: In the morning before the battle, as always upon action, he was very cheerful, and put himself into the first rank of the lord Byron's regiment, then advancing upon the enemy, who had lined the hedges on both sides with musketeers, from whence he was shot with a musket, in the lower part of the belly, and in the instant falling from his horse, his body was not found till the next morning ; till when, there was some hope he might have been a prisoner ; though his nearest friends, who knew his temper, received small comfort from that imagination. Thus fell that incomparable young man, in the four-andthirtieth year of his age, having so much dispatched the true business of life, that the eldest rarely attain to that immense knowledge, and the youngest enter not into the world with more innocency: whosoever leads such a life, needs be the less anxious upon how short warning it is taken from him.


He was one of those men, quos vituperare ne inimici quidem possunt, nisi ut simul laudcnt ; whom his very enemies could not condemn without commend ing him at the same time : for he could never have done half that mischief, without great parts of cous rage, industry, and judgment. He must have had a wonderful understanding in the natures and humours of men, and as great a dexterity in applying them ; who from a private and obscure birth, (though of a good family) without interest or estates alliance or friendship, could raise himself to such a height, and compound and knead such opposite and contradictory tempers, humours, and interests into a consistence, that contributed to his designs, and to their own destruction; whilst himself grew insensibly powerful enough to cut off those by whom he had climbed, in the instant that they projected to demolish their own building. What was said of Cinna may very justly be said of him : Ausum eum quæ nemo auderet bonus, perfecisse quæ à nullo, nisi fortissimo, perfici possent. He attempted those things which no good inan durst have ventured on; and atchieved those in which none but a valiant and great man could have succeeded. Without doubt, no man with more wickedness ever attempted any thing, or brought to pass what he desired more wickedly, more in the face and contempt of religion, and moral honesty ; yet wickedness as great as his could never have accomplished those designs, without the assistance of a great spirit, an admirable circumspection and sagacity, and a most magnanimous resolution.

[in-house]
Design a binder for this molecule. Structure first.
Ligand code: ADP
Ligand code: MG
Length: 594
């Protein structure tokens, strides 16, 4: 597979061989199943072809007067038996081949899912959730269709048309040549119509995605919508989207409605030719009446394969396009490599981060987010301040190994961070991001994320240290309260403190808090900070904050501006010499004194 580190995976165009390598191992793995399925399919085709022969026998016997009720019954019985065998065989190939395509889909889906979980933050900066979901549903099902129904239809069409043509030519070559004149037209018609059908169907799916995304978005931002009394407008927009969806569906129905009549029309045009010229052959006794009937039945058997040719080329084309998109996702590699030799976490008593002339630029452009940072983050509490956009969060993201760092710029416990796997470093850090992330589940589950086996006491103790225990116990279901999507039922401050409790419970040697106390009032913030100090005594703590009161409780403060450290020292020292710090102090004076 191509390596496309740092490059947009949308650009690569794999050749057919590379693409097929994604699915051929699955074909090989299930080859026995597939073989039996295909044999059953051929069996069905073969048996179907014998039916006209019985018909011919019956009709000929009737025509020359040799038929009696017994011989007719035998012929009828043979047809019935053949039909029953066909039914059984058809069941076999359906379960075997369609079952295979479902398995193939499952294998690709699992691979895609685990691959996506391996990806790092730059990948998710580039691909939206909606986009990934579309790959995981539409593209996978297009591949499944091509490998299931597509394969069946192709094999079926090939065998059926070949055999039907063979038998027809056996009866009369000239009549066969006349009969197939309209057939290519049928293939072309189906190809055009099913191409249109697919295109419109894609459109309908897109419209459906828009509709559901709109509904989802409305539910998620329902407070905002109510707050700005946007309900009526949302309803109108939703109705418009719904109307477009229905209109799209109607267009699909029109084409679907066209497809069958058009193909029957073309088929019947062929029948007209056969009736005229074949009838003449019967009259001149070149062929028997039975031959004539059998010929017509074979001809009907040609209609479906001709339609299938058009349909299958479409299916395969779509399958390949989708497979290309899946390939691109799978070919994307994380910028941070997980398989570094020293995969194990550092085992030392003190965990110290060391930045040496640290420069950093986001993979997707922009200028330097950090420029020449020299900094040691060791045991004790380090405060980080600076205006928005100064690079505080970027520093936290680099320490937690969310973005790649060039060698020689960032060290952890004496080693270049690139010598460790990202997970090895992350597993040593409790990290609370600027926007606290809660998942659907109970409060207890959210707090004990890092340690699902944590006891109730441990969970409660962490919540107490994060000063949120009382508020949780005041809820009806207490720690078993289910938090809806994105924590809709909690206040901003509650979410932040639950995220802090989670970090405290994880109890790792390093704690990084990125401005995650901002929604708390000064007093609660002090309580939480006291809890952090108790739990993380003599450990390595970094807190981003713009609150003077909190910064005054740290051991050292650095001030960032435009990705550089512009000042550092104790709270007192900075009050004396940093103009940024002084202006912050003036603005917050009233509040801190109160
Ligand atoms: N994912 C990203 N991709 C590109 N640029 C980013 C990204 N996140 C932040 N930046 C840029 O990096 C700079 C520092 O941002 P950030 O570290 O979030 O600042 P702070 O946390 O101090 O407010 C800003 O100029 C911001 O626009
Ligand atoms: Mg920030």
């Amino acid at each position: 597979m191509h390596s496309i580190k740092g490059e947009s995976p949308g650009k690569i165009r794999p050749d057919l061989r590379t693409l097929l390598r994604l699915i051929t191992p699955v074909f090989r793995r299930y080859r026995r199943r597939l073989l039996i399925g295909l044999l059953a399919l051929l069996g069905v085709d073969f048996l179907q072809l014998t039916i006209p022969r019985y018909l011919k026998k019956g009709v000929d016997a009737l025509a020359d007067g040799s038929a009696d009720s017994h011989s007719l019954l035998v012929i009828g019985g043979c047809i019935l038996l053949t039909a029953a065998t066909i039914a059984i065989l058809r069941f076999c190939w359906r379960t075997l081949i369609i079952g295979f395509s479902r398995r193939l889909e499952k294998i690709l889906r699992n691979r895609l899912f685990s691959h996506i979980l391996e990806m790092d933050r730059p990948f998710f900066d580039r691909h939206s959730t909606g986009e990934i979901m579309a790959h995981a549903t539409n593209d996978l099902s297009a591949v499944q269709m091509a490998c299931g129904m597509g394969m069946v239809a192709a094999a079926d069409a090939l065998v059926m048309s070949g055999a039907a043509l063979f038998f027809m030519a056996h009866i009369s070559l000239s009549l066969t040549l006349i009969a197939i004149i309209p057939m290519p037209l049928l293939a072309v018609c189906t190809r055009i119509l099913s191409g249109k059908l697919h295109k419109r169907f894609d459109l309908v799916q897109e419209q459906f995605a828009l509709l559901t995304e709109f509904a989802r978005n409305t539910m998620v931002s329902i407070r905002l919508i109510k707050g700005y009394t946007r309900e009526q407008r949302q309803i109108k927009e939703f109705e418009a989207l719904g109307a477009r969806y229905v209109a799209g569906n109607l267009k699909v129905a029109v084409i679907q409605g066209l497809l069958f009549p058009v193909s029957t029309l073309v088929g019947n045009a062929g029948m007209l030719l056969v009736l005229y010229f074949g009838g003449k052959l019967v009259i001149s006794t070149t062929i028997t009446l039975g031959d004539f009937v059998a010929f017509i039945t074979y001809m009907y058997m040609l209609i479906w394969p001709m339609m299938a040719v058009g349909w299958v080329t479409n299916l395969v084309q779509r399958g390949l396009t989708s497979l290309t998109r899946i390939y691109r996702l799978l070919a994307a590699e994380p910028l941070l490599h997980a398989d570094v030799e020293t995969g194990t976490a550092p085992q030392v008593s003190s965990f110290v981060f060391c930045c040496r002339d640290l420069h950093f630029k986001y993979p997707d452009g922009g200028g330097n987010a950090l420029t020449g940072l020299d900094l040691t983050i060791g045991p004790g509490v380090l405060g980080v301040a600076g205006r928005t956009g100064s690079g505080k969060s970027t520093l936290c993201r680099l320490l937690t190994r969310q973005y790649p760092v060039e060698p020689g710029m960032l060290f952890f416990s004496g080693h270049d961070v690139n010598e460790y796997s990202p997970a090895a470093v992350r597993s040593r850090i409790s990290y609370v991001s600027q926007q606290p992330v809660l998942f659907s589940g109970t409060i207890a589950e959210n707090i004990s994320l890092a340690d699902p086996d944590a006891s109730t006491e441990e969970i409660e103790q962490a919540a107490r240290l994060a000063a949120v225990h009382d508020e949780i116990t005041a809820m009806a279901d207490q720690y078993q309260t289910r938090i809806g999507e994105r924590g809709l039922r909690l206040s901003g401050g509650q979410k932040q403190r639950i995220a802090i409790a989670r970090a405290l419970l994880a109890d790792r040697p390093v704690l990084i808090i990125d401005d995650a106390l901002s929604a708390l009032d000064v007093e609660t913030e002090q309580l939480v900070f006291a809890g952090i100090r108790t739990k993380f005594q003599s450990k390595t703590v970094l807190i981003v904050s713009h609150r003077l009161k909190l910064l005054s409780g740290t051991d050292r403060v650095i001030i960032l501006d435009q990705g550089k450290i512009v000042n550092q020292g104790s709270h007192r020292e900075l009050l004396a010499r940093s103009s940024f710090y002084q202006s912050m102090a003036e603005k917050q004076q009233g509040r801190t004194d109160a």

When he appeared first in the parliament, he seemed to have a person in no degree gracious, no orna

ment of discourse, none of those talents which use to conciliate the affections of the stander by: yet as he grew into place and authority, his parts seemed to be raised, as if he had had concealed faculties, till he had occasion to use them; and when he was to act the part of a great man, he did it without any indecency, notwithstanding the want of custom.

After he was confirmed and invested protector by the humble petition and advice, he consulted with very

few upon any action of importance, nor communicated any enterprise he resolved upon, with more than those who were to have principal parts in the execution of it; nor with them sooner than was absolutely necessary. What he once resolved, in which he was not rash, he would not be dissuaded from, nor endure any contradiction of his

power and authority ; but extorted obedience from them who were not willing to yield it.

To conclude his character, Cromwell was not so far a man of blood, to follow Machiavel's method ; which prescribes, upon a total alteration of government, as a thing absolutely necessary, to cut off all the heads of those, and extirpate their families, who are friends to the old one. It was confidently reported, that in the council of officers, it was more than once proposed, “That there might be a general massacre of all the royal party, as the only expedient to secure the government, but that Cromwell

VOL. 111,


would never consent to it;" it may be, out of tou great a contempt of his enemies. In a word, as he was guilty of many crimes, against which damnation is denounced, and for which hell-fire is prepared, so he had some good qualities which have caused the memory of some men in all ages to be celebrated; and he will be looked upon by posterity as a brave wicked man.

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2. Clarendon wrote also a Survey of Hobbes's Leviathan. This was likewise composed at Moulins.

It is remarked by Hume as a singularity, how much English history is indebted to four great men who possessed the highest dignity in the law-More, Bacon, Whitlocke, and Claa. rendon.


JAMES Howel, the son of a clergyman in Caermarthenshire, was born about 1596. He was initiated in grammar-learning at the Freeschool of Hereford, whence he removed to Jesus College, Oxford, of which his elder brother was a fellow. After taking his batchelor's degree, he quitted the university for London, where, by the interest of sir Robert Mansel, he was appointed steward to a patent-glass manufactory; and in 1619, was sent abroad by the company as their agent. He had thus an opportunity of visiting many commercial towns in Holland, Flanders, France,

* Howel should have come in somewhat before perhaps; but it is of little consequence, as he is in the reign in which he most distinguished himself.

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